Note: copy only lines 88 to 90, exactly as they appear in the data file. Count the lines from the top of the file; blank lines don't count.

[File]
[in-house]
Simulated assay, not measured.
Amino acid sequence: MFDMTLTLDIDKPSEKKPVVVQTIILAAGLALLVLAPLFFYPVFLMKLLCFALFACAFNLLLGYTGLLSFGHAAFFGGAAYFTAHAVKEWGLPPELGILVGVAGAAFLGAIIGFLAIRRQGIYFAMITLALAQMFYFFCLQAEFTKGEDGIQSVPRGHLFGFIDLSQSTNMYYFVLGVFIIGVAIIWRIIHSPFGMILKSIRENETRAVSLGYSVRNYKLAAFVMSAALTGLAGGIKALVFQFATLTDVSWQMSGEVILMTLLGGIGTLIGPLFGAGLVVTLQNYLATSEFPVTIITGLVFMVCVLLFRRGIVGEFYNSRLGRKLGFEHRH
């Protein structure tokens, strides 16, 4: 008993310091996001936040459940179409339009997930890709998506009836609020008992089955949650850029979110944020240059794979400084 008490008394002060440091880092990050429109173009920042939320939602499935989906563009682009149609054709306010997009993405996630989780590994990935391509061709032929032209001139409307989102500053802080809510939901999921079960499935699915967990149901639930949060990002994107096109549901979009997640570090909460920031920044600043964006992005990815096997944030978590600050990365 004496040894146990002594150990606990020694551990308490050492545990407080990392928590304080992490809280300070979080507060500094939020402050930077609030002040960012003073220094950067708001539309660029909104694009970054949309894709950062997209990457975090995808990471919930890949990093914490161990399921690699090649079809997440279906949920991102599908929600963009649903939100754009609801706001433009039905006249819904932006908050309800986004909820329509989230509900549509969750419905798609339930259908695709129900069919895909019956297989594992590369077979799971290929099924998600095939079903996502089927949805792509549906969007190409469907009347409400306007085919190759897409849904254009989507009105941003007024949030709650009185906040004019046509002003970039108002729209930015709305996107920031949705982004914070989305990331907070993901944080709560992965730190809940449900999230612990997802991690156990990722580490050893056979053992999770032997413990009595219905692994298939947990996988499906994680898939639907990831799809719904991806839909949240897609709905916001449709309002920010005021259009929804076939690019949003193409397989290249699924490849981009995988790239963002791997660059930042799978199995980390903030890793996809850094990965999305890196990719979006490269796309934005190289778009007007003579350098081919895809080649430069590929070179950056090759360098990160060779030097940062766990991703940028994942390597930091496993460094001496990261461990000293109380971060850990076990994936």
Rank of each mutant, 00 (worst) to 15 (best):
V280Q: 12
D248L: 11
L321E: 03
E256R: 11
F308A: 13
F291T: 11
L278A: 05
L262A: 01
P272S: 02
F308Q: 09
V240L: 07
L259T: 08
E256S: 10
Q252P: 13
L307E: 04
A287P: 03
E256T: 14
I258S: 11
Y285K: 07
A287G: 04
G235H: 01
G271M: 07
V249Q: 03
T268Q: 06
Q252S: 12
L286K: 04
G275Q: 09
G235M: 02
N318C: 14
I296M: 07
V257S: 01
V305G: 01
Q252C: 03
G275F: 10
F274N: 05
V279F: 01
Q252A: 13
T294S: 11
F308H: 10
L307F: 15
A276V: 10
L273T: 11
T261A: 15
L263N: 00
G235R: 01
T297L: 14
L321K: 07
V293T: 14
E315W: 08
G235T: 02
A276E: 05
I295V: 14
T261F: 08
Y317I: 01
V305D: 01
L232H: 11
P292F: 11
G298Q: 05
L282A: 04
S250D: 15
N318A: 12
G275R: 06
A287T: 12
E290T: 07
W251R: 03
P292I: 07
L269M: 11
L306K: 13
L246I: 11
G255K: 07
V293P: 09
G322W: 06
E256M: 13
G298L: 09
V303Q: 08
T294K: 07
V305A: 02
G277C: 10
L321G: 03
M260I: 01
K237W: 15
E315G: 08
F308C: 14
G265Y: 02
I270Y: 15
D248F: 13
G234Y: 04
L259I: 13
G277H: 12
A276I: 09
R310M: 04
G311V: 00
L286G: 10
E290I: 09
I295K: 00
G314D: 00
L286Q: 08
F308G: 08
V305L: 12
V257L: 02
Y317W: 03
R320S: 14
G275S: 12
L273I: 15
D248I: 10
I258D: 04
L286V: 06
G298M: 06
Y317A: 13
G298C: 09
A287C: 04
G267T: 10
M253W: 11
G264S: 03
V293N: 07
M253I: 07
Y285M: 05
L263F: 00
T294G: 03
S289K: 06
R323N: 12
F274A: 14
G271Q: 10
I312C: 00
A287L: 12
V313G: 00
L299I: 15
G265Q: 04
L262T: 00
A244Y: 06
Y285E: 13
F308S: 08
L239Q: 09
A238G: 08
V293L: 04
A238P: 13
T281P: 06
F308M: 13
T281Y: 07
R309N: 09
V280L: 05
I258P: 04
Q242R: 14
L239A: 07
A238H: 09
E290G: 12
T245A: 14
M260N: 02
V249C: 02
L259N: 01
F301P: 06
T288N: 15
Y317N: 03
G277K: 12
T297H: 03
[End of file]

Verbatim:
F308C: 14
G265Y: 02
I270Y: 15